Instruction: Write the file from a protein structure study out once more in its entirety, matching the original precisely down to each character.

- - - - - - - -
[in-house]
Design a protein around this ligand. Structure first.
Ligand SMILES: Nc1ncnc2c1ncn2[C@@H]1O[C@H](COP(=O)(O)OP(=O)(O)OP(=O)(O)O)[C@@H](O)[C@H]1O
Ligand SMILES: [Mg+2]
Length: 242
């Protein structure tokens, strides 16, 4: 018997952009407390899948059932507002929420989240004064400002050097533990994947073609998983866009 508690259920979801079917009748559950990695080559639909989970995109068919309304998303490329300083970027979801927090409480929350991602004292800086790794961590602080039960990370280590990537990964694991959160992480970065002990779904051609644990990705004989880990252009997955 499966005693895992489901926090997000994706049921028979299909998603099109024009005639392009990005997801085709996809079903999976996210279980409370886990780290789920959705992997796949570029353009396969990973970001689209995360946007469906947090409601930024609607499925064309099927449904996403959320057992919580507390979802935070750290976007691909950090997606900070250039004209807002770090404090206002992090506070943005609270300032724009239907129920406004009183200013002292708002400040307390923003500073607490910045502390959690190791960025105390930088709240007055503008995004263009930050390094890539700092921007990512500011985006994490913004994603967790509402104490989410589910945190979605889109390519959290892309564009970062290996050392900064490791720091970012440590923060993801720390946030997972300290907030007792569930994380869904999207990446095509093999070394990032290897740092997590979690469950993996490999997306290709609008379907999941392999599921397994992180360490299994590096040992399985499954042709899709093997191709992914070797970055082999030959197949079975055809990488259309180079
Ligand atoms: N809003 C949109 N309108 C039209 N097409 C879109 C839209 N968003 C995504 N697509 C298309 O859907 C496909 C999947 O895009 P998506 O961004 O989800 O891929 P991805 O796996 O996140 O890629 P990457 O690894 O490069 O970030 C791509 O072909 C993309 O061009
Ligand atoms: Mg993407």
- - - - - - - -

[in-house]
Design a protein around this ligand. Structure first.
Ligand SMILES: Nc1ncnc2c1ncn2[C@@H]1O[C@H](COP(=O)(O)OP(=O)(O)OP(=O)(O)O)[C@@H](O)[C@H]1O
Ligand SMILES: [Mg+2]
Length: 242
């Protein structure tokens, strides 16, 4: 018997952009407390899948059932507002929420989240004064400002050097533990994947073609998983866009 508690259920979801079917009748559950990695080559639909989970995109068919309304998303490329300083970027979801927090409480929350991602004292800086790794961590602080039960990370280590990537990964694991959160992480970065002990779904051609644990990705004989880990252009997955 499966005693895992489901926090997000994706049921028979299909998603099109024009005639392009990005997801085709996809079903999976996210279980409370886990780290789920959705992997796949570029353009396969990973970001689209995360946007469906947090409601930024609607499925064309099927449904996403959320057992919580507390979802935070750290976007691909950090997606900070250039004209807002770090404090206002992090506070943005609270300032724009239907129920406004009183200013002292708002400040307390923003500073607490910045502390959690190791960025105390930088709240007055503008995004263009930050390094890539700092921007990512500011985006994490913004994603967790509402104490989410589910945190979605889109390519959290892309564009970062290996050392900064490791720091970012440590923060993801720390946030997972300290907030007792569930994380869904999207990446095509093999070394990032290897740092997590979690469950993996490999997306290709609008379907999941392999599921397994992180360490299994590096040992399985499954042709899709093997191709992914070797970055082999030959197949079975055809990488259309180079
Ligand atoms: N809003 C949109 N309108 C039209 N097409 C879109 C839209 N968003 C995504 N697509 C298309 O859907 C496909 C999947 O895009 P998506 O961004 O989800 O891929 P991805 O796996 O996140 O890629 P990457 O690894 O490069 O970030 C791509 O072909 C993309 O061009
Ligand atoms: Mg993407």